I’m incredibly fortunate. I took the big leap right after selling my first novel twenty-one years ago and never looked back. That said, it’s not for the faint-hearted, this full-time writer thing. It’s always a financial roller coaster, but it’s never boring. I write five or six days a week (sometimes seven). Most mornings are taken up by emails and paperwork and phone calls and I do most of my writing just before lunch and then throughout the afternoon. Often I work a few hours on Saturday morning – unless I’m really under the gun, and then I’ll work the whole day or whole weekend… And feel horribly guilty about neglecting my family. I usually have music on while I’m writing. I’m not one of those Starbucks writers, who can sit in a cafe and concentrate… Although I’d like to be. I may have to try it out.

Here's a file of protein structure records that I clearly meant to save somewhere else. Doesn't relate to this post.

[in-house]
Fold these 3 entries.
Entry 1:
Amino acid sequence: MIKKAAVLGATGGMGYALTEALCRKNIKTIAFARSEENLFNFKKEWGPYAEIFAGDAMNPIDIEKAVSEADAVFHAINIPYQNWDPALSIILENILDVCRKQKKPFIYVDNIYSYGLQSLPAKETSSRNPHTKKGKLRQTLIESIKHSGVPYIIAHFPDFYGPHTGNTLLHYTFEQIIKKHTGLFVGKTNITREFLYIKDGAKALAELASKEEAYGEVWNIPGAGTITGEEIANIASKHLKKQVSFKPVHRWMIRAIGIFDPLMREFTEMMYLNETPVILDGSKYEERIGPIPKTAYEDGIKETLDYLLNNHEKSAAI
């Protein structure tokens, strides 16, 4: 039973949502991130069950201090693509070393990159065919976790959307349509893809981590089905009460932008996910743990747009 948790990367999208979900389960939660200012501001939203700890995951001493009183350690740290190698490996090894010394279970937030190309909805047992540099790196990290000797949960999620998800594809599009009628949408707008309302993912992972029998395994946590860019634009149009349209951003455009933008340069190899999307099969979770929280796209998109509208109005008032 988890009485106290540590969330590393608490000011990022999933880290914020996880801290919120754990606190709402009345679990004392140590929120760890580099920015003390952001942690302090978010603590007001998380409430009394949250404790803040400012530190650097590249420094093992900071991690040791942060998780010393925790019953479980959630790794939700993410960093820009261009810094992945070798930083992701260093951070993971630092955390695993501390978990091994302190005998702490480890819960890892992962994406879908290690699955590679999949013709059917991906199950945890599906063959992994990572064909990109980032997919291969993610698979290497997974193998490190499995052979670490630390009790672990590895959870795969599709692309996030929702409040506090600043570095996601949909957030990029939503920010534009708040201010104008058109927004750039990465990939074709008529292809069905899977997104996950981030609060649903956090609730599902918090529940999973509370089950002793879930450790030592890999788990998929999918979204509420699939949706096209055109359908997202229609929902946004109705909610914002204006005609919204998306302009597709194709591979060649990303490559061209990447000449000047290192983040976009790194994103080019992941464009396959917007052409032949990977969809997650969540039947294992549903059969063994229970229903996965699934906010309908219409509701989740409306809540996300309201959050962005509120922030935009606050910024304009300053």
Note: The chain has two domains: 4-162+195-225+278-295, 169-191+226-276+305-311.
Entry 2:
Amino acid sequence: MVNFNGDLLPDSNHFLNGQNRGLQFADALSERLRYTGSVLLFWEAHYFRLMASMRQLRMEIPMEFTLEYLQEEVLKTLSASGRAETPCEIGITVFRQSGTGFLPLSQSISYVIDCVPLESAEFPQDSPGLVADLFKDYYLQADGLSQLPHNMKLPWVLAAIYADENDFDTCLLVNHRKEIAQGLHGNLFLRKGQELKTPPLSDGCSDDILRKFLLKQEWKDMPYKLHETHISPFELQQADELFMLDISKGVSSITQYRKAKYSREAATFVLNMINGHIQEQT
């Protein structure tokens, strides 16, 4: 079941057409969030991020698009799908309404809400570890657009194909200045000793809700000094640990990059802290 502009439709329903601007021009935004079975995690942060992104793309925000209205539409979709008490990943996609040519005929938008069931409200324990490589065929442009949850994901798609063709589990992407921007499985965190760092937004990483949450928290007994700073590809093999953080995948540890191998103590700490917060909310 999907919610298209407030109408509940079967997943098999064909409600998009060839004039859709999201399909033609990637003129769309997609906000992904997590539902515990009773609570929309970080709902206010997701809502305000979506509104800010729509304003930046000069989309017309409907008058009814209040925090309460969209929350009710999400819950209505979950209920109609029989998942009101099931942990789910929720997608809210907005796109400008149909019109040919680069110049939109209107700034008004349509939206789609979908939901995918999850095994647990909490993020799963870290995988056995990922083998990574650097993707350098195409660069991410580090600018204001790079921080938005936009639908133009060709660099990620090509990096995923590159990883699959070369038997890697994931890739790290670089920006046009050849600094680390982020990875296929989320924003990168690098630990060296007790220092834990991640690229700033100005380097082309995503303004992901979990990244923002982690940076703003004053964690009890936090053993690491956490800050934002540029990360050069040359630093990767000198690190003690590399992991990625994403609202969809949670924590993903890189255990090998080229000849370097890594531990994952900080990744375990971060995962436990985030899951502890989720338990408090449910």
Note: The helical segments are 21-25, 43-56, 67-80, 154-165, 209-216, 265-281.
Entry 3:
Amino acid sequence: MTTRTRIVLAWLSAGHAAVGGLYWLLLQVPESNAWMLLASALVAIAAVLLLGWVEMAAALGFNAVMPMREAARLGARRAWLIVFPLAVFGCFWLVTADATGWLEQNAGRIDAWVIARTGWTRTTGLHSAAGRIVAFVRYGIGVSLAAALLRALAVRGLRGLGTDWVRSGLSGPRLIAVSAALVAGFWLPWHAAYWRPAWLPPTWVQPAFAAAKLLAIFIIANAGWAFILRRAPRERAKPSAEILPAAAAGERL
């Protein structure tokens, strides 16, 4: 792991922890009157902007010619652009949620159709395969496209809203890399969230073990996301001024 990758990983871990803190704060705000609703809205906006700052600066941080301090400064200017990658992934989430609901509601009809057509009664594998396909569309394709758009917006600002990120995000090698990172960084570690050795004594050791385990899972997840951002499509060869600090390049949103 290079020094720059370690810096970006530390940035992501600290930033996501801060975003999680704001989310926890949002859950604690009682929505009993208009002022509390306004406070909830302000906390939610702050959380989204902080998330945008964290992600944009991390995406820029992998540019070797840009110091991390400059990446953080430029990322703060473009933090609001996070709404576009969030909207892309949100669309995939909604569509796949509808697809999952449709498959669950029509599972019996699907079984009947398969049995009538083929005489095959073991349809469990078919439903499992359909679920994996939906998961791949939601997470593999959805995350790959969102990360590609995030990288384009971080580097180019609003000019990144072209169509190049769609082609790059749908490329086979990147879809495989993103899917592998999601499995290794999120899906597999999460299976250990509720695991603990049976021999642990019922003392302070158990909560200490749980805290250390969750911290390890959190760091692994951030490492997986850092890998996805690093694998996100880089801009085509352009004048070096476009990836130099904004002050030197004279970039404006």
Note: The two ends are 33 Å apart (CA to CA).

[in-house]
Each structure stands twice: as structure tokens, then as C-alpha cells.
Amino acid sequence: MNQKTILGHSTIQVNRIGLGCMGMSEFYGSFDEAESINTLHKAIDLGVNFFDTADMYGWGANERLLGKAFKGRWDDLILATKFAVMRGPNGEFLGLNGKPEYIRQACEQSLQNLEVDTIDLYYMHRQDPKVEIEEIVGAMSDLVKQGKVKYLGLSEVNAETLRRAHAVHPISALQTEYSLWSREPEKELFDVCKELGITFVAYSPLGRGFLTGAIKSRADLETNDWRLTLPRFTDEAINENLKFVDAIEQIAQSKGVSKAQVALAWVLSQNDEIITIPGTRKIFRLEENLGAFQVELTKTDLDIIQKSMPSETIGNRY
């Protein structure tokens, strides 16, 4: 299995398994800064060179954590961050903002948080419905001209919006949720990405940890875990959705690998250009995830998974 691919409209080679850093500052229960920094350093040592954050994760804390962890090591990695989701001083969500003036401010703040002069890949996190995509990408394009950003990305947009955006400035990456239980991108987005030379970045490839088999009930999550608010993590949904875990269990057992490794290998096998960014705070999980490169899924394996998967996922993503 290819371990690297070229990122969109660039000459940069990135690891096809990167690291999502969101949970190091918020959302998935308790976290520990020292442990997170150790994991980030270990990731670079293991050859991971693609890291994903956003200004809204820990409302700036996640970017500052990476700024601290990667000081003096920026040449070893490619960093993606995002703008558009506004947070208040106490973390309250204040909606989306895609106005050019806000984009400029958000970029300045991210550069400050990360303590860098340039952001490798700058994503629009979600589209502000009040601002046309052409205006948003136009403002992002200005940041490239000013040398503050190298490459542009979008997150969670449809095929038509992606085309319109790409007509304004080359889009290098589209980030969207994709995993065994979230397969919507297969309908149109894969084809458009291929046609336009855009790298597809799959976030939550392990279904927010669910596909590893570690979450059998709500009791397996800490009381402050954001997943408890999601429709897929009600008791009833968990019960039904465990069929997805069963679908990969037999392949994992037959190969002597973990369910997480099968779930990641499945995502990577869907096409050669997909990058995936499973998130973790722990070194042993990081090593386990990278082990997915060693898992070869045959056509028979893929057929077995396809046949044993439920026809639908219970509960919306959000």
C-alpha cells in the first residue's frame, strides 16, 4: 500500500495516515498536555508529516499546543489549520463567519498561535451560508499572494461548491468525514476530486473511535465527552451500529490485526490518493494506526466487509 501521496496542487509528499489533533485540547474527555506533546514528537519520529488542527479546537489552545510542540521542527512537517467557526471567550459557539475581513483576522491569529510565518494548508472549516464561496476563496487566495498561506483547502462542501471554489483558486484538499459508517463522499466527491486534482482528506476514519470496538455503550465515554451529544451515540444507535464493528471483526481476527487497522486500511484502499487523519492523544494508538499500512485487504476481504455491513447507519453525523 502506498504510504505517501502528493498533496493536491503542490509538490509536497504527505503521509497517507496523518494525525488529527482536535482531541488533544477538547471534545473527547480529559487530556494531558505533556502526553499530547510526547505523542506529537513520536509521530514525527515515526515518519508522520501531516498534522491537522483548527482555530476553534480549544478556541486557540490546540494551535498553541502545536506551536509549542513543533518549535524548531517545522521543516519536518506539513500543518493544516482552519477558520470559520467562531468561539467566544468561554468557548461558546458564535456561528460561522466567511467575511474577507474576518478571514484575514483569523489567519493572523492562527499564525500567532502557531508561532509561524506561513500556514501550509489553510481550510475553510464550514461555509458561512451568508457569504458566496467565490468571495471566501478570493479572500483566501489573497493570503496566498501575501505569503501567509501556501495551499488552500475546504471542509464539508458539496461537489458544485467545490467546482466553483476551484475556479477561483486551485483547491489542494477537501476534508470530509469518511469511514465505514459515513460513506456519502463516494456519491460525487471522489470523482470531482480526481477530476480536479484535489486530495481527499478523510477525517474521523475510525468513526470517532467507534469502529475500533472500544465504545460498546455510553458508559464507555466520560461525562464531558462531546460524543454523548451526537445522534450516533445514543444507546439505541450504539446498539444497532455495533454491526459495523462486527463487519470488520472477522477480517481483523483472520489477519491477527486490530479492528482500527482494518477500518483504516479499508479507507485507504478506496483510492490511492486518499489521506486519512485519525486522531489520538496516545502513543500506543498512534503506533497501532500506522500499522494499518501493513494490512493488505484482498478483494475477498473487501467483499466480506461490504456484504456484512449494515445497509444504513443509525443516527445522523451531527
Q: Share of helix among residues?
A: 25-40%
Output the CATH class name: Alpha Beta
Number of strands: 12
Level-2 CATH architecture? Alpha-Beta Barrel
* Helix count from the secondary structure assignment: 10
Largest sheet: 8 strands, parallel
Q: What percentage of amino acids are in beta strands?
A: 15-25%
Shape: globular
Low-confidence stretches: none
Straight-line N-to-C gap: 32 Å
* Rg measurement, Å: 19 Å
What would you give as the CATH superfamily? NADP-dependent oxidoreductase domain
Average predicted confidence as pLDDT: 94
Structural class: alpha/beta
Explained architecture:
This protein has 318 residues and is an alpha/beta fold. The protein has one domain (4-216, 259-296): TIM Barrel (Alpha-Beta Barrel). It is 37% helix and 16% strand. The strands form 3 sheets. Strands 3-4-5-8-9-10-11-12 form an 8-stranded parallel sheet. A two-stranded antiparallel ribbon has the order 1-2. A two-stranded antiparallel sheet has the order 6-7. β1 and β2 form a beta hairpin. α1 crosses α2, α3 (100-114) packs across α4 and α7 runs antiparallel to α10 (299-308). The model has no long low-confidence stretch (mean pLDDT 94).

When did you realize you wanted to be an author, and what was your first foray into writing? Do you still look back on it fondly?

I started writing short stories in high school. I kept it up all through college, but it wasn’t until I started my first novel during senior year that I realized it was really the only thing I wanted to do. The first thing I was ever paid to write was an interview with Craig Shaw Gardner that was published in Starlog Magazine. My first short story was “One”, in Deathrealm Magazine. My first novel, Of Saints and Shadows, came out in 1994, but my first book was actually a non-fiction anthology I put together called CUT!: Horror Writers on Horror Film. I look back fondly on all of them.


What’s your opinion of the genre today, and where do you see your work fitting into it?